Fresh Bacon by Richard Godwin

It was noon when they awoke the pig. It was slumbering in the folds of my mother’s lap all the way there.

I considered it, pink beyond measure and menacing as my father at twilight. He would lift the sheets and hum as he got into bed.

My mother shook a drop of sweat from her sleep heavy brow and set the shrieking beast on the seed strewn floor of the cheap and sweating compartment we had travelled so many miles in.

Lost among the mumbled words of peasants and small time businessmen.

I wondered what hope their lives held as I jumped the two feet drop with my small gray flannelled legs below me.

My aunt waited for us at the end of the platform like some disgraced actress from films that made me drowsy on summer afternoons.

‘It’s over’, my mother said, racing in front of me and whispering into her sister’s angular shoulder.

‘I warned you, you never listen.’

In the brief exchange of glances and the veiled stare my aunt gave me I sensed the conspiracy of desertion, and the empty shell of loss early.

I carted my case, now heavier, to the car that waited for us in the endless vertigo of that twilight.

They said no more and I waited in childhood’s caul of ignorance for some elucidation of why I was there.

My mother picked at the hem of her sleeve while the pig shrieked with obscene aggression in the back.

The house was dark and uninviting and we ascended stone steps and left the animal in the hallway.

I listened to the conversation below as I went to bed.

I heard only the dark mutterings of shame and regret.

I began to wash, rubbing my hands blindly in the darkened bathroom where a dripping bath tap made me drowsy and indifferent.

I must have rubbed them raw for the next thing I knew the birdsong brought my reddened hand into view, sprayed with the spittle from my slack jawed mouth.

I rose and wandered the deserted corridors of the house I hated.

I wondered what had happened to my father.

When my mother rose she seemed more my aunt’s sister than someone I knew, as if she had been altered by an unseen hand in the night.

They ate while I stared out of the window at the grounds.

It occurred to me from their hushed tones and darting glances that I had become a nuisance, something they would get rid of. Once again father’s face swam into my mind like the bloated body of a dead fish.

I looked for the pig all morning.

Its pink skin seemed warm and less threatening than the long dresses my mother and aunt wore.

The swishing of the starched material jarred me.

I catalogued my wrongs.

I watched the daylight die.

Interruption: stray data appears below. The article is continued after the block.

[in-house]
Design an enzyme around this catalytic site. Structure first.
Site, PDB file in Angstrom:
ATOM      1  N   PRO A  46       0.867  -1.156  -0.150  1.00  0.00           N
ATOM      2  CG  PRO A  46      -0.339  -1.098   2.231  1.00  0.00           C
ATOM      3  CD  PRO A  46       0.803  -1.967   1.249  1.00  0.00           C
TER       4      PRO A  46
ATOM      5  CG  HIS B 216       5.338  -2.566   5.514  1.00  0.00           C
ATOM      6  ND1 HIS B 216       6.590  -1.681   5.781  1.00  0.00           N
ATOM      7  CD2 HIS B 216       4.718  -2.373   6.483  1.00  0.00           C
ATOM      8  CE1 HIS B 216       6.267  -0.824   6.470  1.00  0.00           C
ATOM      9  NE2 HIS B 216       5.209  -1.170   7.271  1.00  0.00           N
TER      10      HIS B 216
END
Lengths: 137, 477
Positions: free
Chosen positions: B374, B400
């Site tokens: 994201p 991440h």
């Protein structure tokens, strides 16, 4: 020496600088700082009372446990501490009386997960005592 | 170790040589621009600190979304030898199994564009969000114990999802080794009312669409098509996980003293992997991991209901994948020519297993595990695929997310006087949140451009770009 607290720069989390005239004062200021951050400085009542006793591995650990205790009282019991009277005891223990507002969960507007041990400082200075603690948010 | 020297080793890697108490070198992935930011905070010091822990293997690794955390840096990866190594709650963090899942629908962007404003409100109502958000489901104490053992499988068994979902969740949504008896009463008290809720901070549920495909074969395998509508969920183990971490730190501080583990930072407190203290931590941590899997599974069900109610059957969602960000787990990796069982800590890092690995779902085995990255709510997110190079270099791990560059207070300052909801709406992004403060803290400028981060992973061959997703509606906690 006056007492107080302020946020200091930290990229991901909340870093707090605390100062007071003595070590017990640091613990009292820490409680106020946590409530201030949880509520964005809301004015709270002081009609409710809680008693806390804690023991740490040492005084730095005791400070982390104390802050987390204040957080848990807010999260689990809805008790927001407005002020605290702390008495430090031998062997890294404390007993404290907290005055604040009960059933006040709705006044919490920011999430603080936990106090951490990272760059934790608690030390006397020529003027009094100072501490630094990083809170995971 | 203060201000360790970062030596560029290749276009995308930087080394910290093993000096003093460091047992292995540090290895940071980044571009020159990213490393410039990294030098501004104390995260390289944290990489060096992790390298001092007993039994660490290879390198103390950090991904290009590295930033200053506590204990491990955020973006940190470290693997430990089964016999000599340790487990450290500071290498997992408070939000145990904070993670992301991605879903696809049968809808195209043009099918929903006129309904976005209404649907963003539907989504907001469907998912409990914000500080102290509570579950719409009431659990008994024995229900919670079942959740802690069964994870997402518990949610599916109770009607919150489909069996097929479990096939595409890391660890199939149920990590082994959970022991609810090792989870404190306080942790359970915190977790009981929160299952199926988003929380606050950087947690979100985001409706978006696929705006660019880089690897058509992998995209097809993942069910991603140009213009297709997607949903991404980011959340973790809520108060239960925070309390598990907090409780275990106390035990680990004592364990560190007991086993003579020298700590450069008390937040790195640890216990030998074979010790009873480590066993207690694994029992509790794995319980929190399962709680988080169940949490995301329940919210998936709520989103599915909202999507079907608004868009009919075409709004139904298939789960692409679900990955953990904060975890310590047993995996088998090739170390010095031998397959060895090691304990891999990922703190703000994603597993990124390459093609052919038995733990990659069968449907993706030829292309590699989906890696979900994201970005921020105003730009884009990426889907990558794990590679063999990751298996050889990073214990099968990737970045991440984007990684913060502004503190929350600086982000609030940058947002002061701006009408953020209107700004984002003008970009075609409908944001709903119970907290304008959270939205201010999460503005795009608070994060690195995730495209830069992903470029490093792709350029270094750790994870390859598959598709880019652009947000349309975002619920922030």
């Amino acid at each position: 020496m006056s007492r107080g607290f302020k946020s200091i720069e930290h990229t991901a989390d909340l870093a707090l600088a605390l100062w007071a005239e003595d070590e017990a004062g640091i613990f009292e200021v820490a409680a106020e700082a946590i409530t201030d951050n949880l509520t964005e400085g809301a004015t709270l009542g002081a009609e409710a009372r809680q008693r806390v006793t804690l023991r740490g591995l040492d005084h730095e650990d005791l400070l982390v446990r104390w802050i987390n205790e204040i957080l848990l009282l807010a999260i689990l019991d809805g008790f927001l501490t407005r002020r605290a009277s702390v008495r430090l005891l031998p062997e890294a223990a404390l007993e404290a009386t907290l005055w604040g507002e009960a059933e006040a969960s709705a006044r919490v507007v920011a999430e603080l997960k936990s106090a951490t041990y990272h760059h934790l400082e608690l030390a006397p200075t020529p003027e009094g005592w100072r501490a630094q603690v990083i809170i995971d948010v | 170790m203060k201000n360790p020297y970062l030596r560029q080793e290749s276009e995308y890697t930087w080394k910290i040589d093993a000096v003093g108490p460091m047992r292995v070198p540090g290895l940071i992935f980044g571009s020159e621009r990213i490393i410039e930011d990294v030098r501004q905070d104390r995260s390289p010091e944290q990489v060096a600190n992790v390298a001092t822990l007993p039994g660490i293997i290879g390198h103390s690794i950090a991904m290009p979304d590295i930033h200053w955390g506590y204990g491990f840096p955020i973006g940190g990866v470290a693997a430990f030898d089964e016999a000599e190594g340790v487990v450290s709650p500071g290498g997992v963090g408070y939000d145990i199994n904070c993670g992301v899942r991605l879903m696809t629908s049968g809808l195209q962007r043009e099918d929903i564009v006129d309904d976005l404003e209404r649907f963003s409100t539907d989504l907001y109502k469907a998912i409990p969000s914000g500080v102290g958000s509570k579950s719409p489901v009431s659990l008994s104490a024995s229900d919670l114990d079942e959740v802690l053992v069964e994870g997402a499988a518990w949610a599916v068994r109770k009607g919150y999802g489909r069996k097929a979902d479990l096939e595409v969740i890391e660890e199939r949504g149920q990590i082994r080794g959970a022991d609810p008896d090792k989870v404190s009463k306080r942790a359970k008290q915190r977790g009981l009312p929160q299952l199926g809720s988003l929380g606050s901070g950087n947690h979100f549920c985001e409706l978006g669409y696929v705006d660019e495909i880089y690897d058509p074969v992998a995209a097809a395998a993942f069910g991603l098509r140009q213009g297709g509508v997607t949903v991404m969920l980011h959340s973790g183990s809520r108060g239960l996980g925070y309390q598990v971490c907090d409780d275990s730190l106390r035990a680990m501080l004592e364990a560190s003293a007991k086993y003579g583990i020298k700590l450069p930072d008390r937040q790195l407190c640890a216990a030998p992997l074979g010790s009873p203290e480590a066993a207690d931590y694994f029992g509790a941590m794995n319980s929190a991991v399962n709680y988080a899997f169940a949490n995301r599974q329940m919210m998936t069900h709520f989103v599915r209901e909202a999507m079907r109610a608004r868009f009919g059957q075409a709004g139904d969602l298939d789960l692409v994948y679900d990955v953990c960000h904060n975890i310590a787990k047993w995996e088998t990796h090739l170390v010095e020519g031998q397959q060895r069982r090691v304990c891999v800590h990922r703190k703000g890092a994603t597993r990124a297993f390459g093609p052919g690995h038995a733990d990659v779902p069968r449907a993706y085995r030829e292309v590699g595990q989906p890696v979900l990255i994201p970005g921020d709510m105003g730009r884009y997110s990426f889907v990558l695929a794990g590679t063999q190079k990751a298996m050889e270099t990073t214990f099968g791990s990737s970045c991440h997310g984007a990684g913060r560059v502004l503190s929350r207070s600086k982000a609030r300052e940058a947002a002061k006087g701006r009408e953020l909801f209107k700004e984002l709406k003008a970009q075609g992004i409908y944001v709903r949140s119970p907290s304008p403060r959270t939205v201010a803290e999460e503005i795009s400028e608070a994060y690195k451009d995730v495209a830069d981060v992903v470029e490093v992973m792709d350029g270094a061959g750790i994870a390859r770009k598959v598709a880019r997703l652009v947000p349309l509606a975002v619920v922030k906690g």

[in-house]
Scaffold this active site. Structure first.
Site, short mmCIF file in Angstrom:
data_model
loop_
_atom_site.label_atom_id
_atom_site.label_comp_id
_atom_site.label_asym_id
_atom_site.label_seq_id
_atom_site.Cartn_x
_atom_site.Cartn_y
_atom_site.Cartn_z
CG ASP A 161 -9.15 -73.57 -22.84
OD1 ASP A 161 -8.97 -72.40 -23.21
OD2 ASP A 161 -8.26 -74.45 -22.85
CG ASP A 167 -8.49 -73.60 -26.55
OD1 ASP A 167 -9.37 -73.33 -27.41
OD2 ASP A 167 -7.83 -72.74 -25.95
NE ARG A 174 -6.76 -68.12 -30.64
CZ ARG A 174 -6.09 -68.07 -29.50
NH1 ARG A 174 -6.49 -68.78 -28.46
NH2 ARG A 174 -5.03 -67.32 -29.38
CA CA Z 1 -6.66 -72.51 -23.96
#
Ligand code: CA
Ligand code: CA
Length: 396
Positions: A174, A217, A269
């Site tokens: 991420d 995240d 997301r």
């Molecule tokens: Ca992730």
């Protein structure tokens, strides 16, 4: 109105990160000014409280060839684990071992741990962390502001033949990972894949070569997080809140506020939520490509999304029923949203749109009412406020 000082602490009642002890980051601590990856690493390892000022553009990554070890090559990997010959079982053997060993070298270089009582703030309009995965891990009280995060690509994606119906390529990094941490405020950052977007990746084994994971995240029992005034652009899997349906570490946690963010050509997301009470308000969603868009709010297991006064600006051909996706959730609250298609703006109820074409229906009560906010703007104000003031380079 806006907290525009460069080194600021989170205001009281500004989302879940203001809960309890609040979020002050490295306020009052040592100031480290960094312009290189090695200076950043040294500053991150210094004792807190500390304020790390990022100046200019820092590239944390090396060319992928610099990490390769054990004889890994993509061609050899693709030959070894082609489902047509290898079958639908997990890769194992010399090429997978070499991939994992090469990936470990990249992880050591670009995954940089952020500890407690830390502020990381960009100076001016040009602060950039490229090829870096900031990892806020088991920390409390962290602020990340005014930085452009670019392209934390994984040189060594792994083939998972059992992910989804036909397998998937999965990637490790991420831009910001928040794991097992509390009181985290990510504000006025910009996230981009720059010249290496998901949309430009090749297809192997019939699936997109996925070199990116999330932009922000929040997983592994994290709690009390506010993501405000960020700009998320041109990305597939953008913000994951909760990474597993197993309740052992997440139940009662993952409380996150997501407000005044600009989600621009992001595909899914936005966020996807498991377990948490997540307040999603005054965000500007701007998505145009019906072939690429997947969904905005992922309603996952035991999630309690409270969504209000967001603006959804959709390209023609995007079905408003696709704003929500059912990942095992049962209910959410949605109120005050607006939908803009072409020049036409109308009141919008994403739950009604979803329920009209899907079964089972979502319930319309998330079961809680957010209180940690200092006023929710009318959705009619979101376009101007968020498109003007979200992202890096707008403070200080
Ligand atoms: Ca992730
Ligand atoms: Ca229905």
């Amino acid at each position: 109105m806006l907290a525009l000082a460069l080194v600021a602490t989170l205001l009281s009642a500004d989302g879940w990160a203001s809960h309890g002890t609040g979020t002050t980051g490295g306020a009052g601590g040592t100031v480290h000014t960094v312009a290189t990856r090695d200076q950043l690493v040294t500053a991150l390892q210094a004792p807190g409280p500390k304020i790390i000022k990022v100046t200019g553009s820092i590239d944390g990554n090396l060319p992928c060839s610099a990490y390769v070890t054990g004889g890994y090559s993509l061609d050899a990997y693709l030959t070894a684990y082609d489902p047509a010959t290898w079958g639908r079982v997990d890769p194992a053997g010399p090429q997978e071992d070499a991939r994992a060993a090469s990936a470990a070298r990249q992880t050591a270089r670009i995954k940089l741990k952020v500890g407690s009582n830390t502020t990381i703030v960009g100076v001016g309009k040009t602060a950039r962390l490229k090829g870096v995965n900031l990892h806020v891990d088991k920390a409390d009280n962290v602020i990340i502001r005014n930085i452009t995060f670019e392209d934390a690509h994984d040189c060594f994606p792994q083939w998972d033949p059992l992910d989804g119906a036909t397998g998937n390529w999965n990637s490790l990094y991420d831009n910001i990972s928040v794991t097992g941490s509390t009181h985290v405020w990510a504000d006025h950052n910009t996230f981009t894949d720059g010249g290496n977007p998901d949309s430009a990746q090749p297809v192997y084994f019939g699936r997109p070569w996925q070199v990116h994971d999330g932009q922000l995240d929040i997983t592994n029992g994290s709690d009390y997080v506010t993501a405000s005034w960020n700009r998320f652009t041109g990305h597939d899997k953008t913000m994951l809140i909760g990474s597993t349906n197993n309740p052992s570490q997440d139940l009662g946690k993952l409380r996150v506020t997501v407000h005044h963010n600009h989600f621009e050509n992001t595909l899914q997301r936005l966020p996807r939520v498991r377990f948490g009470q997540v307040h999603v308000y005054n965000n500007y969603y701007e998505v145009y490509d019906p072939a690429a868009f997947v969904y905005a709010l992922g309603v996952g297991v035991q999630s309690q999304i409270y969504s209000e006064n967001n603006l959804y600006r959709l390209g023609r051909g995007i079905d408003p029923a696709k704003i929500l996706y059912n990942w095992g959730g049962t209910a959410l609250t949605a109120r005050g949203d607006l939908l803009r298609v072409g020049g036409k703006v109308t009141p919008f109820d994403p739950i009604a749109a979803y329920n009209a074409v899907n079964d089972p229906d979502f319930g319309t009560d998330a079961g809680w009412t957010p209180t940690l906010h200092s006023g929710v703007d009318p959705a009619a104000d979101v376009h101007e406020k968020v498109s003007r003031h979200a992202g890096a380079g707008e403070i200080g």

I never saw the pig again. I grieved the loss of a plaything.

That evening we ate so far apart at the long polished table my mother seemed made of waxwork.

I tried to hide my hands beneath the tablecloth.

My only guilty pleasure was the fresh bacon the dinner brought.

Bio

Richard Godwin writes dark crime fiction, and he lets it slip the net like wash into horror.
His work has appeared in many publications, places like A Twist Of Noir and Pulp Metal Magazine, as well as in three anthologies. His play ‘The Cure-All’ has been produced on the London stage.  His first crime novel ‘Apostle Rising’ is about to be published and will be released for sale onto the market at the beginning of 2011. You can watch a video ad of ‘Apostle Rising’ by using this link  http://www.richardgodwin.net/ . All his published works can be found at his site.

32 thoughts on “Fresh Bacon by Richard Godwin”

  1. What a tale…what a perfectly divine sentence:

    When my mother rose she seemed more my aunt’s sister than someone I knew, as if she had been altered by an unseen hand in the night.”

  2. You’re at your quadruple layered best in this one Richard. Puts me a bit in mind of Hemingways “Hills Like White Elephants” with circumstance and surroundings melting, melting, melting away to a single searing point that slithers softly into your mind, unbidden, and causes you to go, softly, “Oh.”

  3. First I was impressed to all hell by the writing, and as I neared the end I planned to comment on the very sentence I find Quin has remarked. That observation was a particular high point in the reading. Then, I thought I’d say something about the after story suggested by the ending and discovered Charles Gramlich already noted same.
    So, all that’s left for me to say is “Ditto to both, eureka to you. This is an extremely fine piece of work, Richard.” Loved it from beginning to end.

  4. And if he’d known, how would things be different? Would the house be any warmer? Perhaps by righteous anger. He would be hungry for bacon. But not for piggy’s. But I suppose that’s another story that you have in your PMM refrigerator, aye, Richard?
    As all the others said, a brutal poetic tale.

  5. As tiny as this is word-wise, it’s mighty enough to stand out among my favorites like Liars of the Laughing City and Bloodshed and Roses and Lunch With Bella and the final episode of The Skin Room and… You’ve done this so much and so many times it just rolls right out of you every line and detail placed just right. Ditto especially Mr. Hayes. This is a gorgeous cut, a pristine slice. Cooked righer than right.

  6. The spare quality to this worked so well for me. It was a resonant reminder that the gulfs formed by prose are where the worst devils incubate. This piece is most powerful in its absences and in the precision you’ve employed to shape it – particularly the lines already cited, Quin’s mention being my favorite. You accomplish some of the most menacing quiet crafted today, and I’m always glad to see – or, rather, not see – more of it.

  7. What was it they left behind…and what was it that they traveled to? Such loss, despair and even fear of what was and what could be. Great pain and sacrifice and it is only a hint of the pain and sacrifice to follow. Heartbreakingly beautiful, Richard.

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